• mood swings
    • personality changes
    • impulsive behaviors

    How To Prevent Alcoholic Dementia 

    To prevent alcoholic dementia, you should stop drinking alcohol or only drink in moderation. 

    Moderate Drinking Vs. Alcohol Use Disorder

    According to the National Institute on Alcohol Abuse and Alcoholism (NIAAA), moderate drinking means having up to one drink in one day for women and having up to two drinks in one day for men. 

    A standard “drink” is any beverage containing roughly 14 grams of pure alcohol, which includes:

    • 12 ounces of regular beer (about 5 percent alcohol)
    • 8 to 9 ounces of malt liquor (about 7 percent alcohol)
    • 5 ounces of unfortified wine (about 12 percent alcohol)
    • 1.5 ounces of 80-proof hard liquor (about 40 percent alcohol)

    If you feel unable to drink in moderation, you may be struggling with alcohol use disorder. Other signs of this condition include:

    • needing to drink more over time to feel the desired effects
    • experiencing withdrawal symptoms when you don’t drink alcohol
    • avoiding people and/or activities you once valued so you can spend more time drinking alcohol 
    • falling behind at work or school due to your alcohol consumption 

    Alcohol Addiction Treatment

    If you or a loved one displays these signs, seek help at an alcohol addiction treatment program. These programs provide a variety of services to help you recover from substance use and prevent alcoholic dementia.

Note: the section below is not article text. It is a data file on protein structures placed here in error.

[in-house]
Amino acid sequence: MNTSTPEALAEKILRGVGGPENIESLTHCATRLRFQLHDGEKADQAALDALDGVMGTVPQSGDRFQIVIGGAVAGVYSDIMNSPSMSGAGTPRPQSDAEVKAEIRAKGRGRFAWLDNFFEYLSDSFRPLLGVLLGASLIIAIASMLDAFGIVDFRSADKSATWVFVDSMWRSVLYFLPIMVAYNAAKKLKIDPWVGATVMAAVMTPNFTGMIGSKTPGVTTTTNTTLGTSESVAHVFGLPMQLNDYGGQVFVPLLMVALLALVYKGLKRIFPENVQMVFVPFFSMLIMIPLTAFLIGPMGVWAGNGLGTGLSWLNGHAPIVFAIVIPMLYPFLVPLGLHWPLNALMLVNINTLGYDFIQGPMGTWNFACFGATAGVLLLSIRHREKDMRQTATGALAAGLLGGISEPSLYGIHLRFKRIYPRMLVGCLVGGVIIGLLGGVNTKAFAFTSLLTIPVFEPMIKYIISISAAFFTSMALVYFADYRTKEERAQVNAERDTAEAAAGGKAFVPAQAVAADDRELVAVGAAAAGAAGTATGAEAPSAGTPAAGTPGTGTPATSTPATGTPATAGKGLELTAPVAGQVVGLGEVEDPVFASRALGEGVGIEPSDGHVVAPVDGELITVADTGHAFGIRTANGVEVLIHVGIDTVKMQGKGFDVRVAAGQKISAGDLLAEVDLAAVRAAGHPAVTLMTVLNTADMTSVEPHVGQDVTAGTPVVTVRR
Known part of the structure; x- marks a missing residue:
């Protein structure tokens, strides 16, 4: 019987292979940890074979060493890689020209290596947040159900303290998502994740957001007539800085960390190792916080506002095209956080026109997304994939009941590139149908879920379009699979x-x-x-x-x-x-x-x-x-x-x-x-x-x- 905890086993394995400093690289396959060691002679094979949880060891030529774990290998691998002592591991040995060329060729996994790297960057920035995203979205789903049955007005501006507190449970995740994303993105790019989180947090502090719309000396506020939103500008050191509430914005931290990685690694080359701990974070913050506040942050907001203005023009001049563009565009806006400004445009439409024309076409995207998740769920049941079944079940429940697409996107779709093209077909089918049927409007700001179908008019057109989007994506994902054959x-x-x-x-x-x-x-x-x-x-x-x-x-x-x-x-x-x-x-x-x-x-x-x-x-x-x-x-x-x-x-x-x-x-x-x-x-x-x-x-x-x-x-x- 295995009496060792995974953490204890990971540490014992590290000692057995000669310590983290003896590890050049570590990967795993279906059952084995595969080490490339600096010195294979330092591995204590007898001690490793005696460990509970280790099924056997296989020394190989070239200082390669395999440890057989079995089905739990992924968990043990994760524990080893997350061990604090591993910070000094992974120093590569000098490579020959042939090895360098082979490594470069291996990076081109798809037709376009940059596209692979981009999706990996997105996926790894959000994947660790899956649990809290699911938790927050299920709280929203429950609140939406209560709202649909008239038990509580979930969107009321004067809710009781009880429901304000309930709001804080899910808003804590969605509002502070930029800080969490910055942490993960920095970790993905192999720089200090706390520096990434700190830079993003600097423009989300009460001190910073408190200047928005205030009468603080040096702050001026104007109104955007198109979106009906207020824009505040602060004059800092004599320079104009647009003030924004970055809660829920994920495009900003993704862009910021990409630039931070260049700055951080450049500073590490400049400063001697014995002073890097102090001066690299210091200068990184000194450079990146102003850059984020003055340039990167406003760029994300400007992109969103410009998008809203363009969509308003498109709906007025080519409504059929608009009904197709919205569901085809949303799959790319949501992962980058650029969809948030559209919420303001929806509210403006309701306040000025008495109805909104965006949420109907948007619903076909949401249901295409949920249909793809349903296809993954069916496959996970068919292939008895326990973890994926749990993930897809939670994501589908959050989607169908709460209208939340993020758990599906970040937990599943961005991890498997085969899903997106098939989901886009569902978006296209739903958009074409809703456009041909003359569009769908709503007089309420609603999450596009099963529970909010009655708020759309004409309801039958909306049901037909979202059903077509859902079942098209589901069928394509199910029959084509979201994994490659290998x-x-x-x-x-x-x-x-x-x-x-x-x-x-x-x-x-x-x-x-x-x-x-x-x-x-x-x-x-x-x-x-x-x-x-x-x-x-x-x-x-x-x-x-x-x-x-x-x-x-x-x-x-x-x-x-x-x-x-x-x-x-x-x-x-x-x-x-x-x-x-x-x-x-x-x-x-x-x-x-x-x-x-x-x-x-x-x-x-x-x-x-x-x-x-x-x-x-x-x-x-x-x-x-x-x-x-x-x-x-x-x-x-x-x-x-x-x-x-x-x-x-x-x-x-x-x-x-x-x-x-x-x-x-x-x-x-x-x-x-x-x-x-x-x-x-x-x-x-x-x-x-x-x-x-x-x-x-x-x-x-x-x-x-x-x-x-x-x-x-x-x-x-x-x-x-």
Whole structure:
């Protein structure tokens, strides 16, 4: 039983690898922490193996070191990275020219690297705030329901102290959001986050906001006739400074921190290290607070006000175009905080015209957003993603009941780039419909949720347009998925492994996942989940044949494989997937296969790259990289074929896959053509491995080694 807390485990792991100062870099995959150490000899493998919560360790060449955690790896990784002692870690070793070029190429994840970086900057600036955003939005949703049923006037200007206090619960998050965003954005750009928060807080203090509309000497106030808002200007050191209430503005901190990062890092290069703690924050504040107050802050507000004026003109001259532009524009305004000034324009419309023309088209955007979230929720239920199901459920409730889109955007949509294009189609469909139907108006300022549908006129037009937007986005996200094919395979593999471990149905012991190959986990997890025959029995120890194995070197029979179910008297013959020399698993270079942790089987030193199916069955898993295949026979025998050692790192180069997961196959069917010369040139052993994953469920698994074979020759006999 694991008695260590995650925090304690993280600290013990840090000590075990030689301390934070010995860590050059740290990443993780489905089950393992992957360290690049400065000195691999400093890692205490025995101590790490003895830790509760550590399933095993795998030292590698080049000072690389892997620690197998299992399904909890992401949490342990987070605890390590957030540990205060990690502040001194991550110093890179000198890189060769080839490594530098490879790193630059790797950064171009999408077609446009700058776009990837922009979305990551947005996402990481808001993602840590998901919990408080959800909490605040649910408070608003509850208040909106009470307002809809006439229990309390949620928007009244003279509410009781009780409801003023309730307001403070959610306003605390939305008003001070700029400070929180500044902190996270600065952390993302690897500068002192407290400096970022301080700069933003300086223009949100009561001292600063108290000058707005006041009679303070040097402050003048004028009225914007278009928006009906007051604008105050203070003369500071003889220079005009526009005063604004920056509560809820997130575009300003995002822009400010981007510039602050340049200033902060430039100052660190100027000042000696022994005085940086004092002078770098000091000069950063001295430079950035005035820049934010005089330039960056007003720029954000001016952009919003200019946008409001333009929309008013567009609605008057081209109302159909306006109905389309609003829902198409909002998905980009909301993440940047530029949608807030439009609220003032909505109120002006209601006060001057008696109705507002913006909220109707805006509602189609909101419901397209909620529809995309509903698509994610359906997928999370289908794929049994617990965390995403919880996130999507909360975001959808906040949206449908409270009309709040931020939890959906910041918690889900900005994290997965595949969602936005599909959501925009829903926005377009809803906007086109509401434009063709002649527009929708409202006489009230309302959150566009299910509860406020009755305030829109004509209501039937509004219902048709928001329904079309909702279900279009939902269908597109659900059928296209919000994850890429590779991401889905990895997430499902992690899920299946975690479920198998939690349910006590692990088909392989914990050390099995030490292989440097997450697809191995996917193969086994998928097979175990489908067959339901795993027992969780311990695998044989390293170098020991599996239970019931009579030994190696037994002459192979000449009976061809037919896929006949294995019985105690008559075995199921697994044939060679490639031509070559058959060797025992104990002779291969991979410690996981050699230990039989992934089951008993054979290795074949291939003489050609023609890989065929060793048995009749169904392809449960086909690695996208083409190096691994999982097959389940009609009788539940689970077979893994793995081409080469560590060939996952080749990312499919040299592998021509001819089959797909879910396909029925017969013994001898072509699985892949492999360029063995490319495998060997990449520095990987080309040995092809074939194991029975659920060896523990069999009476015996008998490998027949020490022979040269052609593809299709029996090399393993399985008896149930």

Treatment services may include:

    • medical detox, where doctors help you safely get alcohol out of your system
    • medication-assisted treatment, where you’ll receive medications to reduce alcohol withdrawal symptoms and cravings
    • therapy, where you can learn to manage triggers and treat any underlying mental health concerns that contribute to your alcohol abuse
    • support groups, where you can connect with other people recovering from substance abuse 
    • exercise, meditation, arts and crafts, and other activities that boost your overall sense of well-being
    • nutritional guidance to ensure you’re getting enough thiamine and other vital nutrients to repair or reduce any alcohol-related brain damage

    Most treatment centers offer both inpatient and outpatient care

    Inpatient care is recommended for people with moderate-to-severe alcohol addictions, while outpatient care may work for people with milder addictions and strong support systems at home. Talk to your doctor to determine which option is best for you. 

    To learn more, please contact us today. 

    Written by Ark Behavioral Health Editorial Team
    ©2023 Ark National Holdings, LLC. | All Rights Reserved.
    This page does not provide medical advice.

    Alzheimer’s Association - Korsakoff Syndrome
    The Lancet Public Health - Contribution of alcohol use disorders to the burden of dementia in France 2008–13: a nationwide retrospective cohort study
    National Institute on Alcohol Abuse and Alcoholism - Drinking Levels Defined
    U.S. National Library of Medicine - Wernicke-Korsakoff syndrome

    Medically Reviewed by
    Manish Mishra, MBBS
    on June 30, 2022